Nigerians: A People Trapped Between A “Government” And The Bandits

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Apparently, these bandits have no regards for Nigerian government. They neither respect Tinubu nor are they afraid of him. It seems they do not believe he even exists. They behave as if government does not exist in Nigeria. If government exists, in their thinking, it is in hibernation mode. It is functionless, if not useless. The pain Nigerians are going through on daily basis is harrowingly undescribable. Many have died, not because they were attacked by bandits but because they were victims of Tinubu’s iron fist policies that are completely bereft of human feelings.
The primary purpose of government is to protect lives and property and make things easy for the governed. Our government has glaringly failed us on this. So, to many Nigerians, governance seems to have been suspended in Nigeria. That, therefore, creates a vacuum. And because nature abhors vacuum, bandits now play the role of government. But also because they (bandits) think the Nigerian government they replaced was/is merciless, their mercilessness towards their victims knows no bounds.

To cite some recent cases from among scores of unreported cases. Just few days ago, a professor from Usman Danfodiyo University was killed by bandits. A lecturer at the Federal University Dutsinma in Katsina State was killed right inside his house while his two children were abducted. A female judge was kidnapped in Kaduna State including her four children. The eldest of the children was reportedly killed even as they make demand of N300 million ransom. This is the sad fate of Nigerians. If government policies did not kill you, bandits are there waiting to do the killing.

The mother of a famous musician in the North, Rarara, is also presently in bandits’ custody. The ransom demanded for her release is N900 million. Many see it as a comeuppance for the musician who is a chronic praise singer of the government because it lines his pocket while it (the government) threw millions of Nigerians into simmering poverty. If Rarara deserves no pity because he is unprincipled—as many think—and because his songs are insensitive to the pains of the masses, his mother deserves our pity and prayers.

That is why some Nigerians who still believe government exists could hardly tell the difference between government and bandits. They both inflict unmeasurable harm on the human specie called Nigerians.

But observing Nigerian government and bandits critically, one can see some differences in their manners of inflicting harm. While bandits kidnap Nigerians physically, take them to the bush, inflict bodily pain on them, and kill those who could not pay ransom, our government—which we elected—kidnap our present and our future, our conscience and our hope, our humanity and our essence.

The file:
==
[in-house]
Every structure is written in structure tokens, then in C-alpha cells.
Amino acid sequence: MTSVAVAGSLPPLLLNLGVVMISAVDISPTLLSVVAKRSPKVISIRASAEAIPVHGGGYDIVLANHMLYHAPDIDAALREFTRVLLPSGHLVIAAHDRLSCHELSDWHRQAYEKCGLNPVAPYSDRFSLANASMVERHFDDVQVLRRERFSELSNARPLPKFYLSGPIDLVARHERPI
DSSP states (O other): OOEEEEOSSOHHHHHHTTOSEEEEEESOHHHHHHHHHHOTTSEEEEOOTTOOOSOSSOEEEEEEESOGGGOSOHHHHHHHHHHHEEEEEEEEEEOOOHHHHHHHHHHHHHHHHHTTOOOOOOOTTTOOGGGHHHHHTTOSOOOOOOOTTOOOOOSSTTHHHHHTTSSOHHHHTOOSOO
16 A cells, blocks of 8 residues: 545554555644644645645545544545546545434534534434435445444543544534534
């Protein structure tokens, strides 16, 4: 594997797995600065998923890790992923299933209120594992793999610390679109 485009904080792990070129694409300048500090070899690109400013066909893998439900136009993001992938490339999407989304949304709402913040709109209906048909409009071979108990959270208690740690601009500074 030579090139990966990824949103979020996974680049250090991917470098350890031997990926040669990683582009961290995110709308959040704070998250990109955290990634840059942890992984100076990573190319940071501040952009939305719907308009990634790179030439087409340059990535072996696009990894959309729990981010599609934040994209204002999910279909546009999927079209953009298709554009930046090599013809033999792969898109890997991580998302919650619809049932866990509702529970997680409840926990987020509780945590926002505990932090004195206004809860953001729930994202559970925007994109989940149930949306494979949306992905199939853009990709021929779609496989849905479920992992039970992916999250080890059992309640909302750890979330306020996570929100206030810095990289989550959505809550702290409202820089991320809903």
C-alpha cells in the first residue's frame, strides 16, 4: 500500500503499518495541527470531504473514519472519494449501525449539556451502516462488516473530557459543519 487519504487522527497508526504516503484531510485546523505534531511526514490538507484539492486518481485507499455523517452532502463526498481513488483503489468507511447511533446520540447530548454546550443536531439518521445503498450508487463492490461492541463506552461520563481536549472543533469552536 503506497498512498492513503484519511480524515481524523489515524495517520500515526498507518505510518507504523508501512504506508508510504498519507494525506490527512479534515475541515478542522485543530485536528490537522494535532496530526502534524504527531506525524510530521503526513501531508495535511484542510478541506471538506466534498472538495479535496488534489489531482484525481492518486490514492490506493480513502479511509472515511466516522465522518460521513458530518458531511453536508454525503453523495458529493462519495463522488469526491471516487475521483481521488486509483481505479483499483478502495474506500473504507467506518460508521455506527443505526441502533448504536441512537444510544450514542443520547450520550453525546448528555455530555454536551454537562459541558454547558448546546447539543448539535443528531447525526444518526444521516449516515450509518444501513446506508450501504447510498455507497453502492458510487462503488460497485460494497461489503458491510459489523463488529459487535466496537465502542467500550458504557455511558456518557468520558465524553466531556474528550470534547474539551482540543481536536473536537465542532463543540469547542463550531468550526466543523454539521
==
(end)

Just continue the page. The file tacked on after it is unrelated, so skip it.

If the controversial Samoa Agreement—signed by Tinubu government—truly compels Nigerian government to support the agitations by Lesbian, Gay, Bisexual, and Transgender (LGBT), it means this government has also kidnapped (or about to kidnap) our morality and our religion. I hope our clerics will wake up. Some have started kicking. We must all kick against it.

Again, while bandits selectively prey on their victims, the government makes no exceptions. Some still believe banditry is a northern thing, though that is not always true. What is undoubtedly true is that every Nigerian knows that the soul-snatching-proverty engineered by Tinubu’s policies is a Nigerian thing. It is all over. As Tinubu is dealing with the Hausa and the Fulani in the North, he does not spare the Yuraba and the Ibo in the South.

While victims of bandits can pay ransom and be set free if they are lucky, ours is a government that cannot be paid ransom (or so I think) to get relief—even if temporarily. Cost of living keeps deepening as the government insists on paying killing wage to workers who politely ask for minimum living wage. Government is not willing to abate our pains nor is it willing to protect lives.

Despite the fact that bandits are generally known for kidnapping humans (Nigerians) like savages in the primitive age, they at times grant protection to whom they wish and to whom they choose to protect. Is it not funny that bandit leaders, not Nigerian government, are looked up to for protection in some parts of the country?
The notorious bandit leader, Dogo Gide, recently promised to grant protection to farmers who would like to farm in some parts of Zamfara. Farmers cannot express their happiness. If it were President Tinubu or Zamfara State Governor that offers them protection, they would have expressed skepticism. They would be enveloped in fear. They would have asked: “can Nigerian government really protect us?” But here is Gide—a bandit—proposing to protect them. They trust him that he can protect them. This is unfortunate. He urged villagers and farmers to return to their farms without any fear of abduction. This proposal has reportedly brought temporary relief to farmers in the areas under Gide’s control (or if you like call it Gide’s territory or dominion).

For those of us under Tinubu’s territory, when shall we have a relief? We are trapped between a government that only exists to inflict pain and merciless bandits, where do we run to? We should, of course, run to God. But each time I am confronted with statement like “God will not come down to change things for us, we must be the change agents even as we run to God,” I become speechless.
As we always supplicate in times of fear like this, let’s do it again. May The Almighty rescue all those in kidnappers’ den, forgive the deceased, and console the bereaved. May He liberate the rest of us from the captivity and jackboots of our rulers who are determined to punish us just because we elected them to govern us. Ameen.

Abdulkadir Salaudeen
salahuddeenabdulkadir@gmail.com

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